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The seventh issue of Schenker's periodical Der Tonwille (1921–24), which was the first in the new quarterly format, the first issue of Year IV, bearing the publisher's imprint "Tonwille-Verlag."


Issue 7 (= Year IV, issue 1), 44 pages in length, has as its centerpiece an extended analysis of Beethoven's Piano Sonata in F minor, Op. 57 ("Appassionata") spanning 31 pages, with an Urlinie-Tafel as a fold-out sheet at the back, and highly elaborated graphs within the analysis of each movement. The work is one that Schenker had many of his pupils study, and in this analysis a third of the space is devoted to matters of performance; the foregrounding of performance issues is also a feature of Schenker’s next essay on a work for piano, the Brahms Handel Variations, in Tonwille 8/9.

Two short articles follow this, one concerning a Bach recitative, which is a study of voice-leading and reaching-over in a highly chromatic environment, the other concerning a single thirty-second note in a Beethoven string quartet, the pitch of which Beethoven clarified in a letter. This is Schenker's only essay on a string quartet, and has aroused much interest as a perceptive reading of a major composer analyzing his own music – in itself a rarity. The "Miscellanea" that follow, the shortest of all the miscellanies (though all the later ones are markedly shorter than those of issues 1–5), is linked to the last item, in that of the five letters that it quotes four are by Beethoven.

Publication History

[to be completed]

Contents List

  • "Beethoven: Sonate Opus 57" [Beethoven's Sonata [in F minor], Op. 57], 3–33 [II, pp. 41–64]
  • "J. Seb. Bach: Matthäuspassion Recitativ: 'Erbarm es Gott'" [J. S. Bach's St. Matthew Passion, Recitative "Have mercy, O God"], 34–38 [II, pp. 65–68]
  • "Beethoven zu seinem opus 127" [Beethoven on his Quartet [in E-flat major], Op. 127], 39–41 [II, pp. 69–71]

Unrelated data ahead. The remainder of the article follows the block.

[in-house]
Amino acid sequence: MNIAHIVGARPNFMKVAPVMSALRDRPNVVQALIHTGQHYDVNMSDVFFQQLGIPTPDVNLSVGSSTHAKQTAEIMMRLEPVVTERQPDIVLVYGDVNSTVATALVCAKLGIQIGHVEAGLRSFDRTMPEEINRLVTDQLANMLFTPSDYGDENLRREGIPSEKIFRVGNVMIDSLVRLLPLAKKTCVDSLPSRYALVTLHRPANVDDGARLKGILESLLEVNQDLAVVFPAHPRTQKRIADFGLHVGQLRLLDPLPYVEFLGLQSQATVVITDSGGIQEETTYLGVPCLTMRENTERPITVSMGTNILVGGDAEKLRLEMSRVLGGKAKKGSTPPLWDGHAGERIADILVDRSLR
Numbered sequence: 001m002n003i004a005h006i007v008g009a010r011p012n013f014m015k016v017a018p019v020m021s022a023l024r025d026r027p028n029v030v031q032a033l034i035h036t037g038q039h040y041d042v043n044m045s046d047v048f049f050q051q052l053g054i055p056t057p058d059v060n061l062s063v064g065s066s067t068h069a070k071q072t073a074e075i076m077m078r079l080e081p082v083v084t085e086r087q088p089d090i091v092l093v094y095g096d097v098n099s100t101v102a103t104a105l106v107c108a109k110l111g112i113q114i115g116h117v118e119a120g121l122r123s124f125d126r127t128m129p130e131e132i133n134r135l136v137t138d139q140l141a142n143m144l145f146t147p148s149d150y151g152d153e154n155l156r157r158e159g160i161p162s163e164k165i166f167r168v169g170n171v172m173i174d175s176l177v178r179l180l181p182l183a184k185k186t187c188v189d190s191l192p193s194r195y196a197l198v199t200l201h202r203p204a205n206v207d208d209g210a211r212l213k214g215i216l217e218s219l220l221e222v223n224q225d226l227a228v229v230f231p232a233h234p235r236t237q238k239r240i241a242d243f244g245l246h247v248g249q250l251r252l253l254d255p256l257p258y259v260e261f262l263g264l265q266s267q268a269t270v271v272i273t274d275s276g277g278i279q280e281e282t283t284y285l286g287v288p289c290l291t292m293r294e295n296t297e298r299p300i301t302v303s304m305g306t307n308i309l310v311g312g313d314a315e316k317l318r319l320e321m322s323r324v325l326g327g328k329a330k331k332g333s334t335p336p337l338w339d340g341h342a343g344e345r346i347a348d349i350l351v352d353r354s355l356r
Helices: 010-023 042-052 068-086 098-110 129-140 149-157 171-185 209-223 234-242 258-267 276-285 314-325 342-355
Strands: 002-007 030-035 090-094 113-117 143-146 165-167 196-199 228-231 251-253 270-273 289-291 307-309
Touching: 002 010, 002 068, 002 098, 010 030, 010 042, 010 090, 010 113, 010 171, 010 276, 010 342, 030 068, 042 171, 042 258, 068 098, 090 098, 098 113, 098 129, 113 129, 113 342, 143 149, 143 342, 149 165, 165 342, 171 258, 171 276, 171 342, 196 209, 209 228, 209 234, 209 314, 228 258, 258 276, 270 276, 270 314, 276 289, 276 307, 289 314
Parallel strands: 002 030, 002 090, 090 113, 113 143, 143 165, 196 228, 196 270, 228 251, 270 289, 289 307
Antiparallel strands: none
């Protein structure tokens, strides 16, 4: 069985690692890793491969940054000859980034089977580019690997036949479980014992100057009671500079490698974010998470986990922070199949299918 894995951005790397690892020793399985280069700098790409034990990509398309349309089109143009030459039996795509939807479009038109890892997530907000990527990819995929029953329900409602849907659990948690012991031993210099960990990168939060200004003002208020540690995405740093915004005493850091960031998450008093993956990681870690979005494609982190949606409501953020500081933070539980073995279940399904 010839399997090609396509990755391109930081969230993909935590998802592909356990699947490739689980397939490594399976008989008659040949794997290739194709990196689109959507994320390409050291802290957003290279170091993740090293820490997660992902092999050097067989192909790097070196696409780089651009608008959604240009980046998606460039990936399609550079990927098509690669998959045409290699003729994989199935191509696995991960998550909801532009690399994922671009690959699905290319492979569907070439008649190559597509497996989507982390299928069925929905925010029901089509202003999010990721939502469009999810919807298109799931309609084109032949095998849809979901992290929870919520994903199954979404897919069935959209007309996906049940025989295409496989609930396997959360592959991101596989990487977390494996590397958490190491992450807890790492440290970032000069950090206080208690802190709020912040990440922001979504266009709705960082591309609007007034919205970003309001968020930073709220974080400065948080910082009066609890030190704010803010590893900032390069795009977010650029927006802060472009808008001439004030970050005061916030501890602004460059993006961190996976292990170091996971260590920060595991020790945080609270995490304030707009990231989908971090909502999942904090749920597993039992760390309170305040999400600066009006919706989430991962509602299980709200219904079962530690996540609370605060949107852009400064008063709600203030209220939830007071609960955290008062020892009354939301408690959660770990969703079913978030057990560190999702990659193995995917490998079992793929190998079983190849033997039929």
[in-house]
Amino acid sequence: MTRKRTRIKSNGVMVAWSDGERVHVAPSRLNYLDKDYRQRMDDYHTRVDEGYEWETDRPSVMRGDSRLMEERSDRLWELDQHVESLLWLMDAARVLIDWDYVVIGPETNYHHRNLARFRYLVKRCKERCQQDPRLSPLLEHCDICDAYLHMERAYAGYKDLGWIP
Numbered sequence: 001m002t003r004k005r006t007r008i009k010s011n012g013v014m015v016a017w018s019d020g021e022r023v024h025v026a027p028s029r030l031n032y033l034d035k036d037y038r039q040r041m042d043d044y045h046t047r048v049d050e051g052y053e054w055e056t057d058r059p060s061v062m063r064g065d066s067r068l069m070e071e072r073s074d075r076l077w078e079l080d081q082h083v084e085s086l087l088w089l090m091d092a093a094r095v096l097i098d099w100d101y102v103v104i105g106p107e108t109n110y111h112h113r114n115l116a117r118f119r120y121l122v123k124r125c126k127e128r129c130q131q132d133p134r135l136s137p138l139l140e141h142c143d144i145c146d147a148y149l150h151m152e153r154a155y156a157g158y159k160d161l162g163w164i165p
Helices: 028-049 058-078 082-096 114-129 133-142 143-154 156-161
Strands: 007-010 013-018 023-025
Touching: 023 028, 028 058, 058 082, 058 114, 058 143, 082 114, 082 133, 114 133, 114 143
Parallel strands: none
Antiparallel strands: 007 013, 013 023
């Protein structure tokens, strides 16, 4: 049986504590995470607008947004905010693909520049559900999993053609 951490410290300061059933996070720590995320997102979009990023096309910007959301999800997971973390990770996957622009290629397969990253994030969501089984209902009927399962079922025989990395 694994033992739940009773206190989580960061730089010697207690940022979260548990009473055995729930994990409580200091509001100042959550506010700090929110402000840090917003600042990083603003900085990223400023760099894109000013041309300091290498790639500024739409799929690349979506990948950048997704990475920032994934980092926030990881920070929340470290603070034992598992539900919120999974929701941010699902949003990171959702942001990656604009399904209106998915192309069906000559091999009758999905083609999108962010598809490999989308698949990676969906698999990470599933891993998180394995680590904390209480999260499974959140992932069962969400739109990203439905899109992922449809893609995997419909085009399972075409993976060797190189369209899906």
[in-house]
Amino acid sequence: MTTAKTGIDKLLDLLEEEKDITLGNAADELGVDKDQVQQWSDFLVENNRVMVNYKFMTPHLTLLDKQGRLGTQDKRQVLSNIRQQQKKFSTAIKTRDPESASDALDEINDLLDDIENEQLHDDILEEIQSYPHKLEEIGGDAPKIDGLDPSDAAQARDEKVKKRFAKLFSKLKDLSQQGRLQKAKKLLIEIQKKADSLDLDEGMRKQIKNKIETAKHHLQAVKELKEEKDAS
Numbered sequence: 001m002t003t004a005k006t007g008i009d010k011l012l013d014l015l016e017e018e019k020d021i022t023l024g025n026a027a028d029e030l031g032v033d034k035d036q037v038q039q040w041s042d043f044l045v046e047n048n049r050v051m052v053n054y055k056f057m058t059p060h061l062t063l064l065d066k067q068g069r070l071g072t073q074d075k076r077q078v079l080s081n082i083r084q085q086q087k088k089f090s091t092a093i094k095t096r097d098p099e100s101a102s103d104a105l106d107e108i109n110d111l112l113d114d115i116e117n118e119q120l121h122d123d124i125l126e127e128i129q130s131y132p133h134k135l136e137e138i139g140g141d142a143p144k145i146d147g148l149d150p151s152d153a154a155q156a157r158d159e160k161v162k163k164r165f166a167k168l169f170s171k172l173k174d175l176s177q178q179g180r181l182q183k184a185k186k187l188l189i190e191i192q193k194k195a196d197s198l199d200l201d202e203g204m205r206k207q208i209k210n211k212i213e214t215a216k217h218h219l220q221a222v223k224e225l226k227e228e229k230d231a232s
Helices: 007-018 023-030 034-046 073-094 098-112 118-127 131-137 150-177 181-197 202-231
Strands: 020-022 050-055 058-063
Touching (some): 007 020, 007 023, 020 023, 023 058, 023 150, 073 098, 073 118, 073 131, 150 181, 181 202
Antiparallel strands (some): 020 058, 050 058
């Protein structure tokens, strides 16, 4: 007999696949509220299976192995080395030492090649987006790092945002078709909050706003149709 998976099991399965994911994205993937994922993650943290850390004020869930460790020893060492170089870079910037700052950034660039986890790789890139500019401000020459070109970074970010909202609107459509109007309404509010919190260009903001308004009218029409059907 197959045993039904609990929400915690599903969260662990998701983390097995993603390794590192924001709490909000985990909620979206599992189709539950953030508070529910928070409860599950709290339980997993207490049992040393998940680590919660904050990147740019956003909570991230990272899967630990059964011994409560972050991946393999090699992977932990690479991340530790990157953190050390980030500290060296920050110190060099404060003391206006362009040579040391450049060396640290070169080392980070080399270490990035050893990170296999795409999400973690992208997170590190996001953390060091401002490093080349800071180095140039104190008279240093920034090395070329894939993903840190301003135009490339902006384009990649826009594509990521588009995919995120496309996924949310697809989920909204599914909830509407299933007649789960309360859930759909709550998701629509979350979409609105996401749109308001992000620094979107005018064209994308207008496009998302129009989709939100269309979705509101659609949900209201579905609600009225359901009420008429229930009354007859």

• "Vermischtes" [Miscellanea], 42–43 [II, pp. 72–74]

  • Enclosure: single-sided Urlinie sheet of the three movements of Beethoven Op. 57
  • Advertisements (at back):
  • "'Neue Musikalischen Theorien und Phantasien' /'Ein Beitrag zur Ornamentik' / 'Beethovens IX. Sinfonie' / 'A. Niloffs (H. Schenker) Instrumententabelle' / 'Beethovens V. Sinfonie' (p. 44)"
  • "Beethoven-Schenker: Klavier-Sonaten" (cover)


  • Jonas, Oswald, "A Lesson with Beethoven by Correspondence," Musical Quarterly, 38 (1952), 215-221
  • Drabkin, William, "Think of a Letter, "The Musical Times, 139 (1998), 39-46


  • Ian Bent

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  • OJ 6/7, [8] Handwritten letter from Schenker to Moriz Violin, dated February 14, 1924

    Schenker reports continuing trouble with Hertzka, especially over delays to the publication of Tonwille 5 and 6, which were supposed to appear the previous year, and is beginning to think about legal action. Hertzka has made his position so difficult that he feels obliged to turn down Max Temming's offer of direct financial support for his work. He asks Violin to help find a post in Hamburg for Carl Bamberger, a gifted pupil who, though he neglected his piano studies for a while, is keen to make up for lost time. Finally, he asks if Violin received any of the four volumes of the Beethoven piano sonata edition.

  • OJ 8/4, [28] Handwritten postcard from Schenker to Moriz Violin, undated [March 30, 1924]

    Schenker confirms Violin's interpretation [given in his previous letter] of the "Appassionata" Sonata, and describes continued difficulties with Hertzka. Herman Roth has written to say that he and his son are using Schenker's analyses of Bach preludes in their counterpoint classes, and expresses the hope that one day they will continue Schenker's work independently.

  • DLA 69.930/12 Handwritten letter from Schenker to Halm, dated April 3‒4, 1924

    In response to matters raised by Halm in two previous letters, Schenker discusses figuration, distinguishing between that which works only on the surface and that which arises out of the middle and background, drawing on primal intervals. He also concedes that he heard Bruckner improvising, and criticizes it adversely. He refers to Reger, and outlines plans for forthcoming volumes of Der Tonwille.

  • OJ 10/1, [85] Handwritten letter from Dahms to Schenker, dated June 18, 1924

    The Dahmses send birthday greetings. They are staying in the Abruzzi; will not get to Galtür; Dahms will visit Germany. He has read Tonwille 6 and 7 with interest.

  • OJ 5/7a, [19] (formerly vC 19) Handwritten postcard from Schenker to Cube, dated September 29, 1928

    Schenker has received large-format Urlinie charts from Harry Hahn and recommends format to Cube.

  • OJ 10/18, [12] Handwritten letter from Elias to Jeanette Schenker dated June 28, 1935

    Miss Elias thanks Mrs. Schenker for photographs, and regrets having missed her phone calls. — She hopes Mrs. Schenker will recuperate in the spa house. — She reports that Mrs. Schenker's wishes have been carried out with regard to Heinrich's gravestone and remarks on the beauty of the inscription. — She comments on an article by Victor Zuckerkandl, and reports her own activity in graphing a piano piece by Schenker and re-graphing Beethoven's "Appassionata" Sonata.